The modern conservative movement was born in 1955 with the founding of National Review. It reached its first peak, followed by a rout, with the Goldwater campaign of 1964, it then grew more pragmatic, and regrouped around Ronald Reagan, riding to a seeming victory in 1980. Increasingly, the conservative movement was based on only one principle: anti-Communism, plus a subsidiary principle: strengthening and aggrandizing the State of Israel, as well as the personality cult around Ronald Reagan. With the fading away of Reagan, and the collapse of Communism and the Cold War, what principles were left? It is no wonder, as Bill Bennett observed on a post-election Crossfire, that "the conservative movement ran out of steam." For those of us nurtured in the pre-Buckley Old Right, the idea of the right wing "running out of steam" would have been incomprehensible. Isn't the political edifice carved out since the New Deal still intact? Our half-century, nay century and a half, of repeal and abolition of statism still lie ahead, almost none of it accomplished. But of course the Old Right was founded on a program of rolling back the Leviathan State to nineteenth-century levels, a far more far-reaching and revolutionary objective than simply keeping the Soviet Union at bay.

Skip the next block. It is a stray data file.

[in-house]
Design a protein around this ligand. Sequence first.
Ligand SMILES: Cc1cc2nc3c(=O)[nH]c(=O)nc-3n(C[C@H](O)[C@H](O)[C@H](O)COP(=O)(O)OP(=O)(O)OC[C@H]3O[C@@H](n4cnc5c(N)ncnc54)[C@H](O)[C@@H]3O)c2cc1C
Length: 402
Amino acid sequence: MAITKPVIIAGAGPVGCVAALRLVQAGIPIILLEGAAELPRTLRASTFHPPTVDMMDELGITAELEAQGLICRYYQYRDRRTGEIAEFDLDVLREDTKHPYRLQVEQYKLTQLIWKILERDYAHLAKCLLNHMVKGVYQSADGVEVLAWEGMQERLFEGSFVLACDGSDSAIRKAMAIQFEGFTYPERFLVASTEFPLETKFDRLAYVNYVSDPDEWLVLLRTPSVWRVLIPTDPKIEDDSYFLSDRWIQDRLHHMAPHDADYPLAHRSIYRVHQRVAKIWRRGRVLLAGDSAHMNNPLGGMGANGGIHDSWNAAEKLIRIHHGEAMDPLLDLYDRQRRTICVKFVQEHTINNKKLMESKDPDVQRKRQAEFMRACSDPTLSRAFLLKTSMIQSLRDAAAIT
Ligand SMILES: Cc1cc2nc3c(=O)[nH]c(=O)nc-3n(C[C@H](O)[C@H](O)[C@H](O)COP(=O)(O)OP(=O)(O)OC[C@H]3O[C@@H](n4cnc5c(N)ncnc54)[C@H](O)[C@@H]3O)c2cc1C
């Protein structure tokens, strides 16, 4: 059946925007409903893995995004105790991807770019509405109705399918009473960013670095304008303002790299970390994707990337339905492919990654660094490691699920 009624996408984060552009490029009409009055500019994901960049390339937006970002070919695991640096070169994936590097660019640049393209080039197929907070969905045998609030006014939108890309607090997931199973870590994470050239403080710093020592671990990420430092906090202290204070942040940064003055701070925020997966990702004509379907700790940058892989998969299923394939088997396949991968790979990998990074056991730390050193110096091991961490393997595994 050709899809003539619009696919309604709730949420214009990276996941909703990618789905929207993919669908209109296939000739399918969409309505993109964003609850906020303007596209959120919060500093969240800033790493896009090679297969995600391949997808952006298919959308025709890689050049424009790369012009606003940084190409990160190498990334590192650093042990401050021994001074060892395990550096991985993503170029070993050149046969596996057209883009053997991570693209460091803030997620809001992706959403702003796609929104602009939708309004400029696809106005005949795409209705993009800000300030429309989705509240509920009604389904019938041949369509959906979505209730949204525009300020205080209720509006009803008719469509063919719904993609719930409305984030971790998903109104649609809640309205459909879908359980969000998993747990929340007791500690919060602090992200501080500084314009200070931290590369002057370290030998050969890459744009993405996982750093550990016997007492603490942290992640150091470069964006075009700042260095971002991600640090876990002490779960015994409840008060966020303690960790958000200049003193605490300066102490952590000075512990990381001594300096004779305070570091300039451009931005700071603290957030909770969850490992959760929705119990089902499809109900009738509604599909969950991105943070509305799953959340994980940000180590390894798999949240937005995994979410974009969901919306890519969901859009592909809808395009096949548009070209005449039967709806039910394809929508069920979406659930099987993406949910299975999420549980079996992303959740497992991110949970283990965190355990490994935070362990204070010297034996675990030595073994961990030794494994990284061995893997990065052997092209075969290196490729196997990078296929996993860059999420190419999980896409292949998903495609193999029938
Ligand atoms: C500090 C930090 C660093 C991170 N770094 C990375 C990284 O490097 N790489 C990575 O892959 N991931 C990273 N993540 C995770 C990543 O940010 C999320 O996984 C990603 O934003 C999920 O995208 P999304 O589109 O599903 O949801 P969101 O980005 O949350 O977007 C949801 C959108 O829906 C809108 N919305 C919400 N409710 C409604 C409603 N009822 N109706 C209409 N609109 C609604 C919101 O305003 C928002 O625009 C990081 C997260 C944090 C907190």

The conservative movement fittingly died in an orgy of self-immolation, committing treason to the last vestige of its principles or allies. No group deserves its fate more. Through the length and breadth of the conservative movement, especially its Washington leadership, Official Conservatives and their neoconservative buddies either openly came out for Clinton, or kept their Clintonian bias quasi-private, thinly veiling it by levying potshots at President Bush even after the convention, and damning Bush while keeping strangely mum about the Arkansas governor.
Here are some of the arguments used by conservative leaders in the terrible fall of '92 for their move from Bush to Clinton:
1. Clinton "isn't so bad"; "we can work with him." The song of slimy opportunists everywhere and in all times. Trying to be Talleyrand, trying to keep on top, keeping the jobs and influence and contracts flowing, regardless of regime. Well, I've got news for you, buddies; I can't say I knew Talleyrand personally or that he was a friend of mine, but I can assure you this: You ain't no Talleyrand. You're dealing with clever sharks, hungry after twelve years out of the executive branch. You guys are going nowhere. No one trusts traitors, even the guys you sold out to. Bad cess to all of you you certainly deserve it.